Write from Sources: Use Sources to Make Your Own Ideas Convincing

Plan Your Research Project

Define the Assignment

Choose an Interesting and Workable Topic

Narrow and Discover Ideas about Your Topic

Write a Working Thesis and List Questions

Consider Source Types

Use Primary and Secondary Sources

Use Scholarly, Popular, and Reference Sources

Use Books, Articles, and Media Sources

Evaluate Sources

Choose Relevant Sources

Choose Reliable Sources

Evaluate Resources in the Digital Landscape

Think Critically about Sources

22 Finding Sources, Taking Notes, and Synthesizing

Writing Quick Start

Using Research in College and the Workplace

Get an Overview of Library Sources

Learn Your Way around the Library

Make Use of Reference Librar Librarians

Use Keywords Effectively

Use Appropriate Search Tools

Search for Books and Other Library Holdings

Search for Articles in Your Library’s Databases

Use the Internet for Research, with Caution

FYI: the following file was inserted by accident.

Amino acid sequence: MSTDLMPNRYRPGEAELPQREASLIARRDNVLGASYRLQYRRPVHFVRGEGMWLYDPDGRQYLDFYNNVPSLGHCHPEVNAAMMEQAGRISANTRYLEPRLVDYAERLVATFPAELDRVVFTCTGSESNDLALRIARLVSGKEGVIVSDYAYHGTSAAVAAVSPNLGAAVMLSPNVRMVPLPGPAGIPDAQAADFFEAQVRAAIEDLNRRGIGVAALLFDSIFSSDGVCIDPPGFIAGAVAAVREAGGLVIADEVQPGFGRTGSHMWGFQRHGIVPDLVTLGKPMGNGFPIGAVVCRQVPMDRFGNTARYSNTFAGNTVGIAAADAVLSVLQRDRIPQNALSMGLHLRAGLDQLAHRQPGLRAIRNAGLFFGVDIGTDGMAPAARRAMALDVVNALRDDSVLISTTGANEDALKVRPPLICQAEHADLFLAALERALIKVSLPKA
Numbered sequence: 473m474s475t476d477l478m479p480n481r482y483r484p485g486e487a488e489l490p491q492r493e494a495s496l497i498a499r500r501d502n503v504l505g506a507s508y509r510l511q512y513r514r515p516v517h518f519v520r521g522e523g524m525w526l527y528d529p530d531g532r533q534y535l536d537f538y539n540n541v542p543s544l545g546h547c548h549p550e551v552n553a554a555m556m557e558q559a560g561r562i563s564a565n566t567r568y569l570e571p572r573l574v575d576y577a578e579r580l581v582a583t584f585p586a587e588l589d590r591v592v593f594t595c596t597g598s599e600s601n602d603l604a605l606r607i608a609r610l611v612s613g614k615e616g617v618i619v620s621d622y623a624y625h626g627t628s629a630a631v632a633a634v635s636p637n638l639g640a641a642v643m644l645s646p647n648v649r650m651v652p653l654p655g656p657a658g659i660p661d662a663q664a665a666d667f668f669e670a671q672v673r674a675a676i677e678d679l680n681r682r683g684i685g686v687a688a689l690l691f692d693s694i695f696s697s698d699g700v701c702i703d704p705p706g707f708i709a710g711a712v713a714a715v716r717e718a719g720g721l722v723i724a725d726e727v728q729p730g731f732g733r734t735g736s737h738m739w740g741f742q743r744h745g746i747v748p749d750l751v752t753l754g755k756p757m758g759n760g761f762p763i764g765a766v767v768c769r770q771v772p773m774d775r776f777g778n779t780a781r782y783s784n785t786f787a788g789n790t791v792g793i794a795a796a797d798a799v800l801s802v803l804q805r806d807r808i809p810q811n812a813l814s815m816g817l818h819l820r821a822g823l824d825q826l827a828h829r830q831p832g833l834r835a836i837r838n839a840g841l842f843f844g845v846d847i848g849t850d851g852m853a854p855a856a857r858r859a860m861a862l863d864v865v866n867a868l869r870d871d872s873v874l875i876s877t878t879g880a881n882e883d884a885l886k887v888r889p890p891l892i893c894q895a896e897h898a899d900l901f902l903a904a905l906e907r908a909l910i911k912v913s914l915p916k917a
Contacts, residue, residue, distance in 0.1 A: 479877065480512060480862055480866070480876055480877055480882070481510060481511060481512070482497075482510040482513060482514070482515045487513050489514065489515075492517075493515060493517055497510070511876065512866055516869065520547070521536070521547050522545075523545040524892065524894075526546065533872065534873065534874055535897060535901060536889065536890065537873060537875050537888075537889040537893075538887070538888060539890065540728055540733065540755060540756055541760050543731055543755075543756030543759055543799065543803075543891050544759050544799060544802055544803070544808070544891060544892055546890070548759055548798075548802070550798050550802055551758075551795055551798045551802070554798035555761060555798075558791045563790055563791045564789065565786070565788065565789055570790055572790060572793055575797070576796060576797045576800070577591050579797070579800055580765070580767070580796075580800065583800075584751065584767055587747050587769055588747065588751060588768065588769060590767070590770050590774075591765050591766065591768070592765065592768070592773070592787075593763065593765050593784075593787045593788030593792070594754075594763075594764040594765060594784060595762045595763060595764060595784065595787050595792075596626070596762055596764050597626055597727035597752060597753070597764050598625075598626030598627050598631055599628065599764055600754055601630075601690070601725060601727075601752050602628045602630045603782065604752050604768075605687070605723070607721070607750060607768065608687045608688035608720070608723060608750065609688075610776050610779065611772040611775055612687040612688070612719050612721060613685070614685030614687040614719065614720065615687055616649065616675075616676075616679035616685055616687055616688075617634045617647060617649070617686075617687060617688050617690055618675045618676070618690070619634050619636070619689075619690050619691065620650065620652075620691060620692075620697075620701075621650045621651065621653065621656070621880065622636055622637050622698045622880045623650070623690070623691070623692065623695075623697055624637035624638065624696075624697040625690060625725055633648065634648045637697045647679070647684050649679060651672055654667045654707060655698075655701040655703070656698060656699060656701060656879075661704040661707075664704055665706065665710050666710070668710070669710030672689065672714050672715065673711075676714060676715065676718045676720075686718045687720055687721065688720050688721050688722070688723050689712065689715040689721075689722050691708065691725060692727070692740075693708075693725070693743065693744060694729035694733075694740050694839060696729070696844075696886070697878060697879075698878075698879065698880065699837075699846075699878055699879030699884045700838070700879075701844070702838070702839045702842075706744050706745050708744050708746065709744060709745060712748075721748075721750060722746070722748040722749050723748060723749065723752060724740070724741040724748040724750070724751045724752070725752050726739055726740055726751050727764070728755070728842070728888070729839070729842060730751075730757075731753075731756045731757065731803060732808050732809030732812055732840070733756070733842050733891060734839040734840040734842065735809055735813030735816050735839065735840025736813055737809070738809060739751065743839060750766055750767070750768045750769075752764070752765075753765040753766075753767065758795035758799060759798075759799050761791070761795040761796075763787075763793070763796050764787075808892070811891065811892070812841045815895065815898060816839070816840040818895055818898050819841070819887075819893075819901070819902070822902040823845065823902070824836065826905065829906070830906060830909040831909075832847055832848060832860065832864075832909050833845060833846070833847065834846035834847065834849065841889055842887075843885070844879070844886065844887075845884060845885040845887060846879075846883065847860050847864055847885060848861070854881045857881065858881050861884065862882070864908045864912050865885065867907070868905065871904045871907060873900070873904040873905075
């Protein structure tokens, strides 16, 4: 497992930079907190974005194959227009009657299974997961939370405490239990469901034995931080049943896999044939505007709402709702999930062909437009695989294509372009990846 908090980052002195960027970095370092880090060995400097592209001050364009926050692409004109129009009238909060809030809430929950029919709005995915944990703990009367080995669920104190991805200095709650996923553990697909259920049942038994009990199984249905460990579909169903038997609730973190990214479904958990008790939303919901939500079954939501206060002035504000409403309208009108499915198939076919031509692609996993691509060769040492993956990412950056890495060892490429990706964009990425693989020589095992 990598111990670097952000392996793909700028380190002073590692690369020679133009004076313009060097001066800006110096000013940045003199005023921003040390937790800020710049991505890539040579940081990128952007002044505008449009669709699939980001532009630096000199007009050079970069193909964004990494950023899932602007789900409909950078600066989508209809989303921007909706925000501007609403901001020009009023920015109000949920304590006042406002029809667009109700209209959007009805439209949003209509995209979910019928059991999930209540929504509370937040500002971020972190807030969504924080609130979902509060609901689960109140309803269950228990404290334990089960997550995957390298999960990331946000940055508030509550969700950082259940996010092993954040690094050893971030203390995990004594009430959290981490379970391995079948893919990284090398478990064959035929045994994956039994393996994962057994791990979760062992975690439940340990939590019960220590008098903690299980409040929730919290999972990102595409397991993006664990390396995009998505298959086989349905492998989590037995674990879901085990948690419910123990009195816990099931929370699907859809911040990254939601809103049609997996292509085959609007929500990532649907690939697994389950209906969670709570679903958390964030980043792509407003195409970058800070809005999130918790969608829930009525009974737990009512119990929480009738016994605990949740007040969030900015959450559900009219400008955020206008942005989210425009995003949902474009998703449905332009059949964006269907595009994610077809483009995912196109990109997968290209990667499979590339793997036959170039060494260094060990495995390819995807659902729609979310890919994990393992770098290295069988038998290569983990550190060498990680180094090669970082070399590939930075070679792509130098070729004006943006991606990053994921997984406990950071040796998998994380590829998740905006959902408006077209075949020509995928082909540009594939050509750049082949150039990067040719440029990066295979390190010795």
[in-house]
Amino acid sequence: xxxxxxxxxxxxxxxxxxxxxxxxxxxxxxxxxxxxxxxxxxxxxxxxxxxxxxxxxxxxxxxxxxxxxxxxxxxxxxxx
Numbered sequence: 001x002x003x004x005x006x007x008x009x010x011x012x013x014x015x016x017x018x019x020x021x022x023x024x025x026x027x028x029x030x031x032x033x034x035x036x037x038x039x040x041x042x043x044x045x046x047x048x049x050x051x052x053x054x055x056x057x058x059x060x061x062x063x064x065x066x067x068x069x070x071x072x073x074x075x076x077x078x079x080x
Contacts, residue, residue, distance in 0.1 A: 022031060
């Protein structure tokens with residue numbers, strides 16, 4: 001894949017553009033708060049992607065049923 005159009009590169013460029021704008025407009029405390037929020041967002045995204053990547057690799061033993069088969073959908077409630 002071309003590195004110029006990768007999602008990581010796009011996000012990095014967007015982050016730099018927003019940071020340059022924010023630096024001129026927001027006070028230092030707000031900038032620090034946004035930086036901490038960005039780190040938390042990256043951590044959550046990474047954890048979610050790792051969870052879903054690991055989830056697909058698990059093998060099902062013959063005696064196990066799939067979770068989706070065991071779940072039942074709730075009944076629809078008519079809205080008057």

Conduct Field Research

Conduct Interviews

Conduct Surveys

Conduct Observations

Work with Sources: Take Notes, Summarize, and Paraphrase

Take Effective Notes

Take Notes that Summarize, Paraphrase, or Quote



Record Quotations

Keep Track of Sources

Work with Sources: Evalutate Your Notes and Synthesize

Evaluate Your Research

Use Categories to Syntesize Information from Sources

Draw a Graphic Organizer to Synthesize Sources

Create an Annotated Bibliography

23 Drafting, Revising, and Formatting a Research Project

Writing Quick Start

Using Research in College and the Workplace

Organize Your Research Project

Arrange Your Notes

Develop an Outline or Graphic Organizer

Avoid Plagiarism

What Is Plagiarism?

Quick Reference Guide to Plagiarism

How Can You Avoid Plagiarism?

What Sources Do You Need to Document?

Draft Your Research Project

Use Research to Support Your Ideas